2000. Rapid, Point-of-care Diagnosis of Tuberculosis with Novel Truenat Assay: Cost-effectiveness and Budgetary Impact Analysis for India’s Public Sector
Session: Poster Abstract Session: Diagnostics: Bacteria and Mycobacteria
Saturday, October 6, 2018
Room: S Poster Hall

Background: Point-of-care (POC) tuberculosis (TB) diagnostics may dramatically improve TB outcomes. Truenat is a new, battery-powered RT-PCR device that rapidly detects TB and rifampin resistance. Due to its portability, it may be valuable in peripheral healthcare settings. We evaluated the cost-effectiveness of Truenat in peripheral labs (designated microscopy centres [DMCs]) and public healthcare facilities in India.

Methods: We used the CEPAC-International microsimulation model to compare 4 TB diagnostic strategies for adult, HIV-negative patients with suspected TB: 1) sputum smear microscopy in DMCs (SSM); 2) Xpert MTB/RIF in DMCs (Xpert); 3) Truenat in DMCs (Truenat DMC); and 4) Truenat in public healthcare facilities (Truenat POC). We projected life expectancy (LE), costs, incremental cost-effectiveness ratios (ICERs), and 5y budget impact of full scale-up. A strategy was cost-effective if its ICER was <US$990/year of life saved (YLS) (i.e., <50% of India annual per capita GDP). Model inputs included: TB prevalence, 20%; sensitivity for TB detection, 92% for Xpert and 89% for Truenat; costs per test, $12.70 for Xpert and $13.20 for Truenat; linkage to care after diagnosis, 84% for DMC-based tests and 95% for POC. We varied these parameters in sensitivity analyses.

Results: Compared to SSM, other strategies increased TB case detection by >6%; Truenat POC increased LE by ~0.3y with ICER $210/YLS (Table 1). Compared to Xpert, Truenat DMC decreased LE and cost, but Truenat POC improved LE by 0.05y and was cost-effective. In multi-way sensitivity analysis at 5y horizon, Truenat POC, at 89% diagnostic sensitivity and linkage to care >86%, was cost-effective and sometimes cost-saving compared to Xpert (Fig 1). The cost-effectiveness of Truenat, relative to Xpert, depended on the interplay of sensitivity and linkage to care. Public-sector implementation of Truenat POC increased healthcare expenditures by $360 million compared to full scale-up of Xpert (Fig 2). Treatment costs, not diagnostic test costs, accounted for most of the difference.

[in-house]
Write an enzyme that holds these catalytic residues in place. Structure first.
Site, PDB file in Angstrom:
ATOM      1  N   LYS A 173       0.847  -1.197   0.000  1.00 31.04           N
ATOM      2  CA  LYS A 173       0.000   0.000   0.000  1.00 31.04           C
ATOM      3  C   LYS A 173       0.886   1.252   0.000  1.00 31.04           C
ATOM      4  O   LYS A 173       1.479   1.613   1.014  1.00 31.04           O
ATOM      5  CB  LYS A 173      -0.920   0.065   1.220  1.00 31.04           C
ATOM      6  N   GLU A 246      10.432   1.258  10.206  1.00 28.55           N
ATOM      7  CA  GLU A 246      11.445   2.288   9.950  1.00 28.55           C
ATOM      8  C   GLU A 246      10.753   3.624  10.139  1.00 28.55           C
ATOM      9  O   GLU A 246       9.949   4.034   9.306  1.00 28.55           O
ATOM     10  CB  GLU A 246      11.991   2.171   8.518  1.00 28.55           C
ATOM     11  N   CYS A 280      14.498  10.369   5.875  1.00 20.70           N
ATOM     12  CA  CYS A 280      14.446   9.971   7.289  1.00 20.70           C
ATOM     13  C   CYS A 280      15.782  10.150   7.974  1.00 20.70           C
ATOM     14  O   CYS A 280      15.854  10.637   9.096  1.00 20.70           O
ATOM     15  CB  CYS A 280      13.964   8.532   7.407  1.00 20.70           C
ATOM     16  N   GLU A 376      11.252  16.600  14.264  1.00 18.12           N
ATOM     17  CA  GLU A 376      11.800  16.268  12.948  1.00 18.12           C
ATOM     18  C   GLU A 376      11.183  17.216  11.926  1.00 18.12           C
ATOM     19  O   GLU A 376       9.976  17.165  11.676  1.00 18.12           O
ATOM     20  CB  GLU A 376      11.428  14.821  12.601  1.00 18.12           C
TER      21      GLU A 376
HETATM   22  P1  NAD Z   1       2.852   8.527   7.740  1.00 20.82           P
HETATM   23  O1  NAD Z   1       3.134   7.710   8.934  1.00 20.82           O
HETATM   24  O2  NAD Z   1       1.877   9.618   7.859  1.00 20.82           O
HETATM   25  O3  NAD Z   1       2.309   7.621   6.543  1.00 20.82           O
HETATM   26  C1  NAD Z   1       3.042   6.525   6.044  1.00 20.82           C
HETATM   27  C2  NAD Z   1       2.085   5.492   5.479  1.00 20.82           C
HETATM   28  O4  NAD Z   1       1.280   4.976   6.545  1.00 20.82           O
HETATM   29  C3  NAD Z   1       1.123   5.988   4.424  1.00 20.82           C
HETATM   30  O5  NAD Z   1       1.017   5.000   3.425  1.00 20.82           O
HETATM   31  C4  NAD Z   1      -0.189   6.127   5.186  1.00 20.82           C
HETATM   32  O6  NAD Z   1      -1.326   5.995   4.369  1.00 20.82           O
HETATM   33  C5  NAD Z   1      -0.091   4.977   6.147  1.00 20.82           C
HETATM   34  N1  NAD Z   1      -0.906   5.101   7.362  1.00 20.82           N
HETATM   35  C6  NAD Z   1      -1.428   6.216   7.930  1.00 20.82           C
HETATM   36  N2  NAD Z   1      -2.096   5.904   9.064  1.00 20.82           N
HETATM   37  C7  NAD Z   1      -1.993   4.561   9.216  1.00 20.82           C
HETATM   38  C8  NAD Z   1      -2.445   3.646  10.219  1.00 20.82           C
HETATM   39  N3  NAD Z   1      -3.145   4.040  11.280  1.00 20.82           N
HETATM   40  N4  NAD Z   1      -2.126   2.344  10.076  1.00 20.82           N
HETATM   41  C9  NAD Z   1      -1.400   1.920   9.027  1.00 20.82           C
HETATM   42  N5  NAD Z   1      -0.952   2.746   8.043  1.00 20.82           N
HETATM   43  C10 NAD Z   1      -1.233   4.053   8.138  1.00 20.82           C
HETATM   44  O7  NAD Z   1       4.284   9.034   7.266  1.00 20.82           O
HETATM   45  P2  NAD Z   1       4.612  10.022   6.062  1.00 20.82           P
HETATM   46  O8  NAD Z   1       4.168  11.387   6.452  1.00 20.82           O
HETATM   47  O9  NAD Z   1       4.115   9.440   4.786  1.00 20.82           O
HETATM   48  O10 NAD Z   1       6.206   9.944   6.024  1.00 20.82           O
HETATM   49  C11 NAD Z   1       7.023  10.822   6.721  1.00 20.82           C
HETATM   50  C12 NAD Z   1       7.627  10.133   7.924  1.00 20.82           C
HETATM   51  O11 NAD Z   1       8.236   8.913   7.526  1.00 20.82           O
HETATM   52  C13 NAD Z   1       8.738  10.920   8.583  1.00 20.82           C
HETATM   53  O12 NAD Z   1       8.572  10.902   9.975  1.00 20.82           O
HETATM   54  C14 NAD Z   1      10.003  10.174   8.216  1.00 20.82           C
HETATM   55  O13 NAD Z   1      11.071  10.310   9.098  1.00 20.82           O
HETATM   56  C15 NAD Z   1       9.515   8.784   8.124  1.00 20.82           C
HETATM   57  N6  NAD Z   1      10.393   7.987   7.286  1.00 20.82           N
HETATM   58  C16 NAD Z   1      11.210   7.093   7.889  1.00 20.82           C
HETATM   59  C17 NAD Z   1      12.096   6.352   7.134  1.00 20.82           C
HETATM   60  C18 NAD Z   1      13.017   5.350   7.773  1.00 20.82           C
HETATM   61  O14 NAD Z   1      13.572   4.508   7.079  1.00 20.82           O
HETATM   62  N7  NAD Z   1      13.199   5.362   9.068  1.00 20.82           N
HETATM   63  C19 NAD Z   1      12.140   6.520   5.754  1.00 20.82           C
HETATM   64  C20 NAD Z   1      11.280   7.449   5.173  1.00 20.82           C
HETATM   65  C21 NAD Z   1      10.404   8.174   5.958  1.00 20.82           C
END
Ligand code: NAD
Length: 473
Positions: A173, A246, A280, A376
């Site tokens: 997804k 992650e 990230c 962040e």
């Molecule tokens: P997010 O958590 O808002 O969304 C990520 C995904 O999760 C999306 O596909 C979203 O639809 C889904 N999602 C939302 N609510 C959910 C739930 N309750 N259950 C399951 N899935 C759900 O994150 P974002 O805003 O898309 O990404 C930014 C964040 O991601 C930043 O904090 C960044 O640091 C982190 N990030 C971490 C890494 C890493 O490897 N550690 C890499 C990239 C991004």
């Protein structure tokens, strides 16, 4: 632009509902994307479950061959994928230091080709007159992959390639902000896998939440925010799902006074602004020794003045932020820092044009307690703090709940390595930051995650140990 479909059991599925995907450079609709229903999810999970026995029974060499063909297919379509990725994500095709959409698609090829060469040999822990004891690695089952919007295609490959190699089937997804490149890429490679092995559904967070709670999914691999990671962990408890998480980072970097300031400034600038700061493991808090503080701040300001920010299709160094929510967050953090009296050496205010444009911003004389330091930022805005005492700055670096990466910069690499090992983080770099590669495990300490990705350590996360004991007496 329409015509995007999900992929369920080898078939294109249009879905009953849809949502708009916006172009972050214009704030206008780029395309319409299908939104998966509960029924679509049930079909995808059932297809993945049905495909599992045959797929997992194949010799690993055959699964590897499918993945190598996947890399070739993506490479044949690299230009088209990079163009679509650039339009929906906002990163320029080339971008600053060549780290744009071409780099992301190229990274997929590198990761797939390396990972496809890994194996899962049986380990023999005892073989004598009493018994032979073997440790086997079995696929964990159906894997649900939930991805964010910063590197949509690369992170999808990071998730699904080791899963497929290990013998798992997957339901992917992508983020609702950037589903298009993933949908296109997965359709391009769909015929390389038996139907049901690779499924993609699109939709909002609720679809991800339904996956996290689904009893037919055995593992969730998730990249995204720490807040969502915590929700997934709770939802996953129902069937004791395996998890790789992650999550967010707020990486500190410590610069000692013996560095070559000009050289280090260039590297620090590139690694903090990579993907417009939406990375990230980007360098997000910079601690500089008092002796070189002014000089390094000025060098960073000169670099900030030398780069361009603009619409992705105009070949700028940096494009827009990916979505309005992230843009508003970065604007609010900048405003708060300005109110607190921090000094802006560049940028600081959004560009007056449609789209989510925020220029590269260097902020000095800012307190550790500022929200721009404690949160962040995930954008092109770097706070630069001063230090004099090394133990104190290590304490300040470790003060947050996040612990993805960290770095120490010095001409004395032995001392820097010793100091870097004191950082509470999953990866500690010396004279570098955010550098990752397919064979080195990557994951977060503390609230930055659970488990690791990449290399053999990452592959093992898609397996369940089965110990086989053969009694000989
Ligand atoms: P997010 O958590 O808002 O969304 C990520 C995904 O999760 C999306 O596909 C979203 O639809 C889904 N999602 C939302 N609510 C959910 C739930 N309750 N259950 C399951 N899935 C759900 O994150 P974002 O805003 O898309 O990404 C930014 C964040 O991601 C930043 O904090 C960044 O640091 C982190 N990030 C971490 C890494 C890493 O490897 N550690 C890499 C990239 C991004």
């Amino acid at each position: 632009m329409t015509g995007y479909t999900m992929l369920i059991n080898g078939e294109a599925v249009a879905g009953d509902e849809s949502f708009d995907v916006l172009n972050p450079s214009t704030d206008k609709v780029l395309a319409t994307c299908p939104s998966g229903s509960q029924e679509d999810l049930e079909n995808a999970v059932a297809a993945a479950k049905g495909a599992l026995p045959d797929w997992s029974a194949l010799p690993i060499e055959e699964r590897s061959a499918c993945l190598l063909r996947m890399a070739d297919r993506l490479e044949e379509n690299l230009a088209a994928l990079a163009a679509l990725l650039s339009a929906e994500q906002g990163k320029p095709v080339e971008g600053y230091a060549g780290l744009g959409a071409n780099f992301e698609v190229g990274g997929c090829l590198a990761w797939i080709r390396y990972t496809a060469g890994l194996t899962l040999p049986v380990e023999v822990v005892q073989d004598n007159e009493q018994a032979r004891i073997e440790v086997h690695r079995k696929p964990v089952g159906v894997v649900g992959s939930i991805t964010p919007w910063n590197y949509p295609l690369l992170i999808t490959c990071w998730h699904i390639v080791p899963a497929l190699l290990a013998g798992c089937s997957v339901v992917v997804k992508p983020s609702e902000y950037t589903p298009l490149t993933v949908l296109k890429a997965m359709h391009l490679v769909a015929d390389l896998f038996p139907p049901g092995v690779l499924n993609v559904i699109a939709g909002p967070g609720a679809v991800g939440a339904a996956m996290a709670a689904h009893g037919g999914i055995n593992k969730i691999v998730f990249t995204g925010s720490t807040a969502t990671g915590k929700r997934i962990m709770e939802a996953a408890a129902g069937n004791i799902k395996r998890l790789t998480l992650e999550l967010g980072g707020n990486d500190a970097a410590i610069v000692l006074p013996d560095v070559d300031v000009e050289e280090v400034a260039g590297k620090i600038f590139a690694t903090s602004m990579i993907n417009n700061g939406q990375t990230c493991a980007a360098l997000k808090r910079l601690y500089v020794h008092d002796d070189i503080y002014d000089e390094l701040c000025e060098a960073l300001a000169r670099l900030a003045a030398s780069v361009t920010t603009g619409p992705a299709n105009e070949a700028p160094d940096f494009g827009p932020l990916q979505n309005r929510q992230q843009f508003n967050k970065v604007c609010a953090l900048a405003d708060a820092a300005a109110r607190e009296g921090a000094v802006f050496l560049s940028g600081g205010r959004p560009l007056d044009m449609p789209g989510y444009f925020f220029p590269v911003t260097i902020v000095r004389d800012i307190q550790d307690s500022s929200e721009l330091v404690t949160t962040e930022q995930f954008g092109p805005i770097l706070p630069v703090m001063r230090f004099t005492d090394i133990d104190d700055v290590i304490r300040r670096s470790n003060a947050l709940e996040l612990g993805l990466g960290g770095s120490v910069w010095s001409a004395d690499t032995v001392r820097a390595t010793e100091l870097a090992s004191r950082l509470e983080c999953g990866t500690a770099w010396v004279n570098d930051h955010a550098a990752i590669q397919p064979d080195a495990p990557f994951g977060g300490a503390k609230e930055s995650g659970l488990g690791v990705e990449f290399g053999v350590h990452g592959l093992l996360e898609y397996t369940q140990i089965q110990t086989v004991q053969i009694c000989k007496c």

Conclusion: When used at the point of care, Truenat for TB diagnosis should improve linkage to care, increase LE, and be cost-effective compared with SSM or Xpert and, thus, should be more widely utilized in India.

David J. Lee, MPH1,2, Nagalingeswaran Kumarasamy, MBBS, PhD3, Stephen Resch, PhD, MPH4, Gomathi N. Sivaramakrishnan, PhD5, Kenneth Mayer, MD1,6,7, Srikanth Tripathy, MBBS, MD5, A. David Paltiel, PhD8, Kenneth Freedberg, MD, MSc1,2,9 and Krishna P. Reddy, MD1,2,10, (1)Harvard Medical School, Boston, MA, (2)Medical Practice Evaluation Center, Massachusetts General Hospital, Boston, MA, (3)Y.R. Gaitonde Centre for AIDS Research and Education, Voluntary Health Services, Chennai, India, (4)Center for Health Decision Science, Harvard T.H. Chan School of Public Health, Boston, MA, (5)National Institute for Research in Tuberculosis, Chennai, India, (6)The Fenway Institute, Boston, MA, (7)Department of Medicine, Beth Israel Deaconess Medical Center, Boston, MA, (8)Yale School of Public Health, New Haven, CT, (9)Division of General Internal Medicine, Massachusetts General Hospital, Boston, MA, (10)Division of Pulmonary and Critical Care Medicine, Massachusetts General Hospital, Boston, MA


D. J. Lee, None

N. Kumarasamy, None

S. Resch, None

G. N. Sivaramakrishnan, None

K. Mayer, None

S. Tripathy, None

A. D. Paltiel, None

K. Freedberg, None

K. P. Reddy, None

Findings in the abstracts are embargoed until 12:01 a.m. PDT, Wednesday Oct. 3rd with the exception of research findings presented at the IDWeek press conferences.